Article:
For thousands of years, New Brunswick was the home of the Mi’kmaq and Maliseet. From the early 1600s to the mid-1700s, the Mi’kmaq, France and Britain fought for control of the territory. Britain achieved dominance after the Treaty of Paris (1763) and made the region part of Nova Scotia. In 1784, it became the separate colony of New Brunswick. It received responsible government in 1854. By the 1860s, New Brunswick had a population of 270,000 people. It had a strong economy based on timber and related industries such as shipbuilding.
In 1864, the legislature was interested in forming a single Maritime colony with Prince Edward Island (PEI) and Nova Scotia. Arthur Hamilton Gordon, the lieutenant-governor of New Brunswick, helped organize a conference in Charlottetown. The idea of a Maritime Union would be discussed. Delegates from the Province of Canada asked for an invitation and came to the meeting. They proposed a union of all British North American colonies.
The Charlottetown Conference (1–9 September 1864) grew into a large gathering of 23 delegates. They discussed a federal union of Canada East, Canada West, New Brunswick, Nova Scotia and PEI. Delegates from the Province of Canada argued that a united nation of Canada would bring greater security against possible American expansionism. It would also create a wider domestic market for trade. A new, national railway would be built to improve access to this bigger market.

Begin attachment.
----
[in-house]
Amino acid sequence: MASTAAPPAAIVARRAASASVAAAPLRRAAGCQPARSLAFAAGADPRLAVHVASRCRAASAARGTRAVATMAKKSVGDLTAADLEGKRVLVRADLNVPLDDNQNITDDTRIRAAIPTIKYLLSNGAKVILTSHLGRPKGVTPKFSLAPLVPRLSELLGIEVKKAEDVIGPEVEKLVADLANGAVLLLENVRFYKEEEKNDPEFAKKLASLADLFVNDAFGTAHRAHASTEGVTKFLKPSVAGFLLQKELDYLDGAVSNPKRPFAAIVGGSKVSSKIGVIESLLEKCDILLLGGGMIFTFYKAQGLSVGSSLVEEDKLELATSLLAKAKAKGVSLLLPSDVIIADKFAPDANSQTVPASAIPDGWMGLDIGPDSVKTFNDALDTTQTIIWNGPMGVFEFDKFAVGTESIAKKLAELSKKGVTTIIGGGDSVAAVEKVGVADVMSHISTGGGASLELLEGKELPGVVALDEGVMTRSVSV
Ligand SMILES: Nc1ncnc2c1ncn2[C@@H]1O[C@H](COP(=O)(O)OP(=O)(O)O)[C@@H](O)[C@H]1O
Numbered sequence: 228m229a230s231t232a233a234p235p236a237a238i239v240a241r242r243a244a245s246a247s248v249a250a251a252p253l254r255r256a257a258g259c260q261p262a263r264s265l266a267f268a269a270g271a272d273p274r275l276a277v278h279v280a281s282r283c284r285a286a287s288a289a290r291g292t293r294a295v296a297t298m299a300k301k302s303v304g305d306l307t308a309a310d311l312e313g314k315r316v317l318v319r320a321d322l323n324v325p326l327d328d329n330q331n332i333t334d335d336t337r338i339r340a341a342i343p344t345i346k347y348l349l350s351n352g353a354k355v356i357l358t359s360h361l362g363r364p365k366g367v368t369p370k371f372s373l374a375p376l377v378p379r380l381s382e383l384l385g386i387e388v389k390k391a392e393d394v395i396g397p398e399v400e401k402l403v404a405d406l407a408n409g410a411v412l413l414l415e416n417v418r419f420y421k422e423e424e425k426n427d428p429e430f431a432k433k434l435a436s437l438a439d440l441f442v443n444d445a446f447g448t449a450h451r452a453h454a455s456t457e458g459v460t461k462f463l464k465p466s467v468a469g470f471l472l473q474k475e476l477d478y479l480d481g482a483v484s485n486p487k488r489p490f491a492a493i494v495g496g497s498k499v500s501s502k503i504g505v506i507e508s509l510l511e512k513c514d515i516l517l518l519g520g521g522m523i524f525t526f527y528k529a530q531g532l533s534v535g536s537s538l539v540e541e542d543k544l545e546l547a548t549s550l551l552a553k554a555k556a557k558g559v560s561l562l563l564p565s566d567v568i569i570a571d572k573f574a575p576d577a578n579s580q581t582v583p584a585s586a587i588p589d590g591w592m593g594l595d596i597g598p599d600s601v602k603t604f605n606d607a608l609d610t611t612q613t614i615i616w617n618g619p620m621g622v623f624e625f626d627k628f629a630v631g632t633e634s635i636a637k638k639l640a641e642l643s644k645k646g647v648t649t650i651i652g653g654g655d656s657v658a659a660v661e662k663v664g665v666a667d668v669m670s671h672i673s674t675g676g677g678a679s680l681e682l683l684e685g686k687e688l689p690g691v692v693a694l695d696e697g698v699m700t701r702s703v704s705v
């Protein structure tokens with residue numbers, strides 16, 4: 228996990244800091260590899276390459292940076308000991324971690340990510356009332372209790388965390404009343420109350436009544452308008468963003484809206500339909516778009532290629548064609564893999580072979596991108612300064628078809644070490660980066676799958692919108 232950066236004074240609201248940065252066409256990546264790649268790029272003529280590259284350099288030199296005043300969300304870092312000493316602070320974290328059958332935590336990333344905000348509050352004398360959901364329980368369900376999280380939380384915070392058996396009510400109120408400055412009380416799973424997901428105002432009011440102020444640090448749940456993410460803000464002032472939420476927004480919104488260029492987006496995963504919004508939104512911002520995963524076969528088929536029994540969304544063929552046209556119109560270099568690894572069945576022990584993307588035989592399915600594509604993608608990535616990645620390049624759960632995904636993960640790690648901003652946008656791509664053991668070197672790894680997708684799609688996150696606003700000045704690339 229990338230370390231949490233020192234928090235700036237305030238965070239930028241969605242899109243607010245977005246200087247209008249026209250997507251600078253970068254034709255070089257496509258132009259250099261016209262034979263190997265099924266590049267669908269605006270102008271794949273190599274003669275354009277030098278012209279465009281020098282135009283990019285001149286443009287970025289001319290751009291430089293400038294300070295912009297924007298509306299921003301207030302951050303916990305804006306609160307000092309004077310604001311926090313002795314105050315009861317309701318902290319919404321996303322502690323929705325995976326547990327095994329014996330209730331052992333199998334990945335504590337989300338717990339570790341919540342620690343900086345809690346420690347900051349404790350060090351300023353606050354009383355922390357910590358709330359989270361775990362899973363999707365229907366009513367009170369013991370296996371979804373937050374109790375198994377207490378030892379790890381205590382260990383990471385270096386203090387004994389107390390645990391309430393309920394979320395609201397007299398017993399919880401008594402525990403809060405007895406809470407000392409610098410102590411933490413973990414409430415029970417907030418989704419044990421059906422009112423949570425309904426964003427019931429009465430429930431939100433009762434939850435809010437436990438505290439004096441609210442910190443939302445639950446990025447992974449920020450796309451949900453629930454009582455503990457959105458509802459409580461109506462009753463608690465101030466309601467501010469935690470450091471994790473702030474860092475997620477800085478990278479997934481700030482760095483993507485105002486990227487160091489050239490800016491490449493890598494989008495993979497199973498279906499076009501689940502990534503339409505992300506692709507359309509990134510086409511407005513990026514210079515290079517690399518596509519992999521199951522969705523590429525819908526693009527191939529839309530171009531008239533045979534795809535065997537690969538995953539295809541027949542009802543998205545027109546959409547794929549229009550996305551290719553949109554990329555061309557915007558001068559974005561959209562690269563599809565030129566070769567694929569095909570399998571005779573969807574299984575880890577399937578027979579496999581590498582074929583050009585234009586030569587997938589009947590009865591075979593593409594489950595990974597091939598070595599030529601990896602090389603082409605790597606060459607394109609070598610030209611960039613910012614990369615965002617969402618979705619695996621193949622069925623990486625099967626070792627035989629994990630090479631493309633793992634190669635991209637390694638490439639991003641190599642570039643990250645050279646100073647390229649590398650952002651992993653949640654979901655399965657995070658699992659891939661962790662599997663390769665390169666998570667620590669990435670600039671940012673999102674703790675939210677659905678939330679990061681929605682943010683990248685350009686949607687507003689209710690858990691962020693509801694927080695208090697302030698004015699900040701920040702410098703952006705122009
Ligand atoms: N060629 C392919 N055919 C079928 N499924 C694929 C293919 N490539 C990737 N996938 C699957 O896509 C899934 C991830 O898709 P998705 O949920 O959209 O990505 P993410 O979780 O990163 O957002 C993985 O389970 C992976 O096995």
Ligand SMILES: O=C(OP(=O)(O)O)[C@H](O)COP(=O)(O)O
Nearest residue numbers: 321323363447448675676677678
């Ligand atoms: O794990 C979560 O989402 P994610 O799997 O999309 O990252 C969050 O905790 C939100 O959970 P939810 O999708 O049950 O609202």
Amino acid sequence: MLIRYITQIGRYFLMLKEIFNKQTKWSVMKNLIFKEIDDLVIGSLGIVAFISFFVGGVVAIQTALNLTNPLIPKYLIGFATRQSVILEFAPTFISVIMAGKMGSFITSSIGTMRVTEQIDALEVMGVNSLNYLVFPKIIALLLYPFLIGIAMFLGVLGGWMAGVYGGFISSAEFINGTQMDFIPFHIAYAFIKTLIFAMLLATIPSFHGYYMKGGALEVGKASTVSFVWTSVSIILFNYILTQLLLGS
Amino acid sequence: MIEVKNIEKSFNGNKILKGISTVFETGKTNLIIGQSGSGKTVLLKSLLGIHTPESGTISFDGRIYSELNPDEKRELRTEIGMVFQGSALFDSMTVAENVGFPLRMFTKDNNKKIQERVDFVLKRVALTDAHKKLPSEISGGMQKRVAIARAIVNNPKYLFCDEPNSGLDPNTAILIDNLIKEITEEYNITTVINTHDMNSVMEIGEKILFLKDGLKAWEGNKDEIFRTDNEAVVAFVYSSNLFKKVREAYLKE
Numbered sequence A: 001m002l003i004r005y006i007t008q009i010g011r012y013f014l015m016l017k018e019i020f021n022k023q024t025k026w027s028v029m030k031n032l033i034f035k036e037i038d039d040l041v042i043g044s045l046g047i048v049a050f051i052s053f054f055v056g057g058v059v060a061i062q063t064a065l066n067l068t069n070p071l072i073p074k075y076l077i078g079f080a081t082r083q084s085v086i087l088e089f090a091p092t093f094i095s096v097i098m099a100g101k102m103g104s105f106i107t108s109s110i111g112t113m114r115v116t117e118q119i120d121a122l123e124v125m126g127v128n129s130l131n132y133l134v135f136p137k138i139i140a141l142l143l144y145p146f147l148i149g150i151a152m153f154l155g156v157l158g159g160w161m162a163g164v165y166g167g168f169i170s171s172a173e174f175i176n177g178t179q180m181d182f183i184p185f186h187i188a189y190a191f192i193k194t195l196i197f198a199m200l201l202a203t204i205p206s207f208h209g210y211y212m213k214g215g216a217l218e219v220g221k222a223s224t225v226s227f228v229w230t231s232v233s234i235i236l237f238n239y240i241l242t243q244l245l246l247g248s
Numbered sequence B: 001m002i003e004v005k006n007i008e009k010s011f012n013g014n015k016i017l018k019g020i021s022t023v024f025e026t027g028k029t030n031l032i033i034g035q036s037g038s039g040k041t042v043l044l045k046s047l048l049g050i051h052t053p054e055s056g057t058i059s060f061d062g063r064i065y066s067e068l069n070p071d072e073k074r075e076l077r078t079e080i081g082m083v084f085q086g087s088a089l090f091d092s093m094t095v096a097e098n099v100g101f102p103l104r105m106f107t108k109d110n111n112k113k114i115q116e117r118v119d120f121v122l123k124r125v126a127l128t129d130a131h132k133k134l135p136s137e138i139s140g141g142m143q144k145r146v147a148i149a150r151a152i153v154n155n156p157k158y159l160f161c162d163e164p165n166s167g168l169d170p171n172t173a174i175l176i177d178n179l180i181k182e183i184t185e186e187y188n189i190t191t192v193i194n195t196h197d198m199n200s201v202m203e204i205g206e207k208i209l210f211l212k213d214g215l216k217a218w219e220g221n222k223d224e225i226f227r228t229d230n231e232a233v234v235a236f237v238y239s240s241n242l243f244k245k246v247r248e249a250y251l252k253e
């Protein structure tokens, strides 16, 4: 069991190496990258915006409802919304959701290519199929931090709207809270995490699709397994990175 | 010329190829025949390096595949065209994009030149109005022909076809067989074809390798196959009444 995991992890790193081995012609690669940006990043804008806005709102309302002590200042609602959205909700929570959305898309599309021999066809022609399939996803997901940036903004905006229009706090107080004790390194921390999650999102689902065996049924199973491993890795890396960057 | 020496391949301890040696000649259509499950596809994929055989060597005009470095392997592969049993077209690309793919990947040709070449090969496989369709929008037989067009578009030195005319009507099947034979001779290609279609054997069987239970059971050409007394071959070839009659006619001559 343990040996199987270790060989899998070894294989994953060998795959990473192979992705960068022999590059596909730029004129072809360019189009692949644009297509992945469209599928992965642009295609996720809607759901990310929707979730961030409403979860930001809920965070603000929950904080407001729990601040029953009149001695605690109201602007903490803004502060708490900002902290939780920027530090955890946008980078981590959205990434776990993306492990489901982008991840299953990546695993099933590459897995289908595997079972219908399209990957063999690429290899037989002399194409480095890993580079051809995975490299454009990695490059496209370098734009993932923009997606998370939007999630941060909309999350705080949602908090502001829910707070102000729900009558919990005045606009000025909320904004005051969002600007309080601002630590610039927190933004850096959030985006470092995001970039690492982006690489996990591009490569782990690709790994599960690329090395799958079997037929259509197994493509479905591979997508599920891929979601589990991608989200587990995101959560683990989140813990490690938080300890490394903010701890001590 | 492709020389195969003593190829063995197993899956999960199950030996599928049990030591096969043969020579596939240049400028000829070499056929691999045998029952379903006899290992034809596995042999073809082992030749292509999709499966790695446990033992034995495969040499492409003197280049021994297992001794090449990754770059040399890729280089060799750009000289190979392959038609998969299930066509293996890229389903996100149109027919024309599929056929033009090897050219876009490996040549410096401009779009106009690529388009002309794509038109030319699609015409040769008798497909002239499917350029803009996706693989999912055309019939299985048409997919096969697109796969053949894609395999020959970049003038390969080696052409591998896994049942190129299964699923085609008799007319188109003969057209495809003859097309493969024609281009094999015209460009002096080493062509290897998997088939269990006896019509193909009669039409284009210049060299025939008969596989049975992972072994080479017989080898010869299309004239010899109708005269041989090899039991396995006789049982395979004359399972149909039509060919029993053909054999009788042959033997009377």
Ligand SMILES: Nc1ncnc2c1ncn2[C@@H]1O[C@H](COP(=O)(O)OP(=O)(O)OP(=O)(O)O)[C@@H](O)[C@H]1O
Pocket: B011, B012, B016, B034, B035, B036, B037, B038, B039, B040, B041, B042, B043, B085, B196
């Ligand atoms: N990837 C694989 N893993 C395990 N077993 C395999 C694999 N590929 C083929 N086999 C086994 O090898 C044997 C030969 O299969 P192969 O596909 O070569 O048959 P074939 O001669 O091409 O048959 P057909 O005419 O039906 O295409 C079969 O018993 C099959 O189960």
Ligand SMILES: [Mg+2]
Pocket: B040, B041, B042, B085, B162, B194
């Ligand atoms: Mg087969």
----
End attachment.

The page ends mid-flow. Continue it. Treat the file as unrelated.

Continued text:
Intercolonial Railway. Red Pine Bridge. Section 16.
The Saint John Morning Telegraph cautiously expressed support for Confederation. But it also warned “that so far as New Brunswick is concerned the people have given the subject very slender consideration.” Discontent spread through the colony after the conditions for Confederation — including the distribution of Parliamentary seats — were published following the Québec Conference in October 1864. (See also: Quebec Resolutions; Regional Equality). Acadians and other ethnic minorities were also skeptical of the project. Merchants worried that Confederation would bring tougher trade competition and higher taxes.
Premier Samuel Tilley, who supported Confederation, found a majority of the New Brunswick legislature had swung against it. They were led by Albert Smith. Voters backed Smith with a big victory in a snap 1865 election, tossing out Tilley’s government.
The Fenian Raids then shifted momentum in the opposite direction. The Fenians were a group of pro-Irish American Civil War veterans. They wanted to capture Canadian territory and use it to stage an invasion of Ireland. In 1866, they attacked Campobello Island in New Brunswick. The attack was unsuccessful, but it fueled New Brunswick’s sense of insecurity and increased support for Confederation.
Another election was held in 1866. This time, Tilley’s pro-Confederation party won. The legislature soon
voted 38–1 in favour of Confederation. Tilley made at least one other important contribution to Confederation: He is credited with suggesting the formal name the Dominion of Canada.
He was inspired by a Biblical passage from Psalms that read, “He shall have dominion also from sea to sea, and from the river unto the ends of the earth.”
Parades and Protests
New Brunswick became part of Canada on 1 July 1867. The celebrations in the province included a 21-gun salute and public parades. However, there was also some unrest. At a march in Saint John, anti-Confederation groups got into fist fights. Opponents lowered their flags to half-mast as a silent protest.
Confederation brought the Intercolonial Railway through New Brunswick by 1876, connecting it to the rest of the new country. Tilley joined John A. Macdonald’s federal Cabinet. He is considered one of the Fathers of Confederation for the province, along with E.B. Chandler, J. H. Gray, J.M. Johnson, W.H. Steeves, Charles Fisher, Peter Mitchell and Robert Wilmot.